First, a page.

“Most of the time I’m on our patio where we let wildflowers grow up for pollinators and other critters,” he says. “Most mornings around daybreak, a pair of Carolina wrens will come through and work along the fence looking for new morsels for breakfast.  Spiders are probably a common treat for them, but resting pollinators like native bees, flies, and moths are all quite abundant.”

© Dennis Church / Flickr

Curiosity Helps the Wren

Unfortunately, the abundance of these insects are continuing to be impacted by urbanization practices, including pesticides.

Increased use of pesticides in urban areas decimate insect abundance. According to one recent analysis, more than 40% of insect species are declining and a third are endangered. If this decrease continues, this will impact many species groups, including birds like the Carolina wren that rely on this food source. Although it seems that a small number of adaptable species of insects are increasing in number, this increase is still not nearly enough to outweigh the big losses.

Not only are wren’s primary food sources continuously impacted, but sometimes their ideal nesting locations in urban areas may also be scarce. These lack of nesting locations might also pose a challenge.

With both of these potential challenges, it appears to help in their favor that Carolina wrens seem to be very curious; they seem to have found ways to utilize both supplemental food and nesting resources to assist with their survival in urban areas.

brown bird perched with mouth open singing
© Dennis Church / Flickr

“Perhaps Carolina wrens’ habit of exploring human objects and structures for food predisposes them to be unafraid of unfamiliar objects,” says Dr. Jeremy Hyman, a biology professor at Western Carolina University.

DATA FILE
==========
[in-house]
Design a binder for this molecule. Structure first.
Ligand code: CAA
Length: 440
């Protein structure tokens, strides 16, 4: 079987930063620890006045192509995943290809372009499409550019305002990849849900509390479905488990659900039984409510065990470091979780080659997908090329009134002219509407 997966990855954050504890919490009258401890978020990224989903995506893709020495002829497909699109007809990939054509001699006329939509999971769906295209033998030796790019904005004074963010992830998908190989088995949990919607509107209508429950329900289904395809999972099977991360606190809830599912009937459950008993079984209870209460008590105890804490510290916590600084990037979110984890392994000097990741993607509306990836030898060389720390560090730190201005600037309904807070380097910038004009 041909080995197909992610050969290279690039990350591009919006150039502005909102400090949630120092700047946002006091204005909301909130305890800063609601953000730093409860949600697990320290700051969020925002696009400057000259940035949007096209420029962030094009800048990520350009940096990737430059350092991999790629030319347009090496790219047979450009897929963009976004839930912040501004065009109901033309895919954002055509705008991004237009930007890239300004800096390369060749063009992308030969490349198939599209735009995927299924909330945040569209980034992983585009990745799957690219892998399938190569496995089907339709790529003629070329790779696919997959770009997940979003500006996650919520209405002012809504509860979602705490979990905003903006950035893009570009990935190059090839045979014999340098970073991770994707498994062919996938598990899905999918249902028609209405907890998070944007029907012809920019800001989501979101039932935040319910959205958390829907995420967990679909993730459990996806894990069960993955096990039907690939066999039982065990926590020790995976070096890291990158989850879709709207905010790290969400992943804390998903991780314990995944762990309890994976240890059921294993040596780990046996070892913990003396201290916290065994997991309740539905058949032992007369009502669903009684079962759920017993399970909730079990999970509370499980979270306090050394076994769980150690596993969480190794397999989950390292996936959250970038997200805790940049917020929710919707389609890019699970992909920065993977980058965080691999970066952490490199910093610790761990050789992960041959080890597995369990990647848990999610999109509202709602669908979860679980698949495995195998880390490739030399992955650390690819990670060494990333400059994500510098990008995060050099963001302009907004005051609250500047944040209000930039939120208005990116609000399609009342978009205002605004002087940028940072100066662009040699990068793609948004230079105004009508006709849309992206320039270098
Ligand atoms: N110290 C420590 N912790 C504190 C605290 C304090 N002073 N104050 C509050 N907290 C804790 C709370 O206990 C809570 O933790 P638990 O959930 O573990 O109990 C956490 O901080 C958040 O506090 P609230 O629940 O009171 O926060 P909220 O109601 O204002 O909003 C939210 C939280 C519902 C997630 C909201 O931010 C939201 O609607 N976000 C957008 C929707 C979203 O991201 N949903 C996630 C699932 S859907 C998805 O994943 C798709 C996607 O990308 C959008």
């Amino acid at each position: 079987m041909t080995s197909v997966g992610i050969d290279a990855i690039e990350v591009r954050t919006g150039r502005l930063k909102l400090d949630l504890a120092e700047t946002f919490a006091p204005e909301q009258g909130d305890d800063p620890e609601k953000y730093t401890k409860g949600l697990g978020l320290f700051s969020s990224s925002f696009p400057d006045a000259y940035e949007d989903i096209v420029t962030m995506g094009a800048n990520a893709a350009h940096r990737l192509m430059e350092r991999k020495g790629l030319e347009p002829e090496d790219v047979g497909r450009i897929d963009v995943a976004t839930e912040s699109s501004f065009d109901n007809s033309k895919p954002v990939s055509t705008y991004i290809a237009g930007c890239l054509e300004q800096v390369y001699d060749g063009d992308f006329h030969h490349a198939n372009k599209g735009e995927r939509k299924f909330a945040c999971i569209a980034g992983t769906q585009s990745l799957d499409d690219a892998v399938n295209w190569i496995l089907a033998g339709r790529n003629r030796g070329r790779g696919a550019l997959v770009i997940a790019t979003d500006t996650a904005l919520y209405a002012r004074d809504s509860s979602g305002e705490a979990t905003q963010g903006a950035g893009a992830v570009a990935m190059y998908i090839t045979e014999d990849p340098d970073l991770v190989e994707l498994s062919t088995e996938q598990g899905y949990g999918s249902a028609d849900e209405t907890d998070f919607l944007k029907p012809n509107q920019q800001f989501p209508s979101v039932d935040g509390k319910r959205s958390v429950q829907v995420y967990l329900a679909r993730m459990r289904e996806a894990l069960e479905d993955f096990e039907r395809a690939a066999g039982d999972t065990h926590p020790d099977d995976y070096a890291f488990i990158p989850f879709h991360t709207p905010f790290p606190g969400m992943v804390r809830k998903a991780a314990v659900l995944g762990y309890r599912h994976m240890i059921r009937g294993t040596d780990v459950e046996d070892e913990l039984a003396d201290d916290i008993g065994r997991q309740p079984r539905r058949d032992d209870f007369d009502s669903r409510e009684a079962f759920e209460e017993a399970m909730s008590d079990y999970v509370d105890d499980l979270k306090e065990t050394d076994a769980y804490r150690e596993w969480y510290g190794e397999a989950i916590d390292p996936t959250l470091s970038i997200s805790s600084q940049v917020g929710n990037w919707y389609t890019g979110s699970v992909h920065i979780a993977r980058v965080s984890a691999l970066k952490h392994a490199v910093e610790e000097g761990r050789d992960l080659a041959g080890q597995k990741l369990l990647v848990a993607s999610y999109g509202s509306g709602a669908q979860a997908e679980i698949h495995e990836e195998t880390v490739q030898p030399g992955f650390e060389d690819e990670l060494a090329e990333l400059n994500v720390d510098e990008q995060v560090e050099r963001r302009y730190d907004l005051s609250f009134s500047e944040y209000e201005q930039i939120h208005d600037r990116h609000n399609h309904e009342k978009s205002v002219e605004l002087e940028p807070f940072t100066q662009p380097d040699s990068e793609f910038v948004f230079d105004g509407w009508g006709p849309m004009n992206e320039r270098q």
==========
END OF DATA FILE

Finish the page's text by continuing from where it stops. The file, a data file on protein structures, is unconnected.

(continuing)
Hyman, who completed his PhD work studying Carolina wrens, expresses his opinion about how urban areas may be impacting their food sources.

“As non-migratory birds, Carolina wrens have to deal with cold winter temperatures and snow. I imagine that as impervious surface increases, and vegetation cover and leaf litter decreases, the food supply, particularly in the winter, becomes too low to support a bird that forages primarily on the ground for arthropod prey.”

To combat low insect populations, some people will provide birds with food at feeders. One study found that Carolina wrens in urban areas benefit greatly from visiting feeders. By analyzing Carolina wren feeder responses in residential, city parks, and urban areas in a northern location, their findings proposed that wrens frequently visited feeders and that bird feeders in general were helpful, especially during the winter months when insect populations were lower.

brown bird eating at a bird feeder
© Steve Droter / Chesapeake Bay Program / Flickr

In urban areas, wrens have become versatile nesters and have gotten creative when it comes to their nesting locations. One recent study noted some to build their nests in garden pots. They have also been known to nest in other peculiar places such as mailboxes and even shoes left outside for long periods of time! wrens may particularly like starting nests in reusable shopping bags hanging from a rack or find nooks and crannies in shelf storage areas if the garage door gets left open. They might even seek shelter under cars or even in spare tires.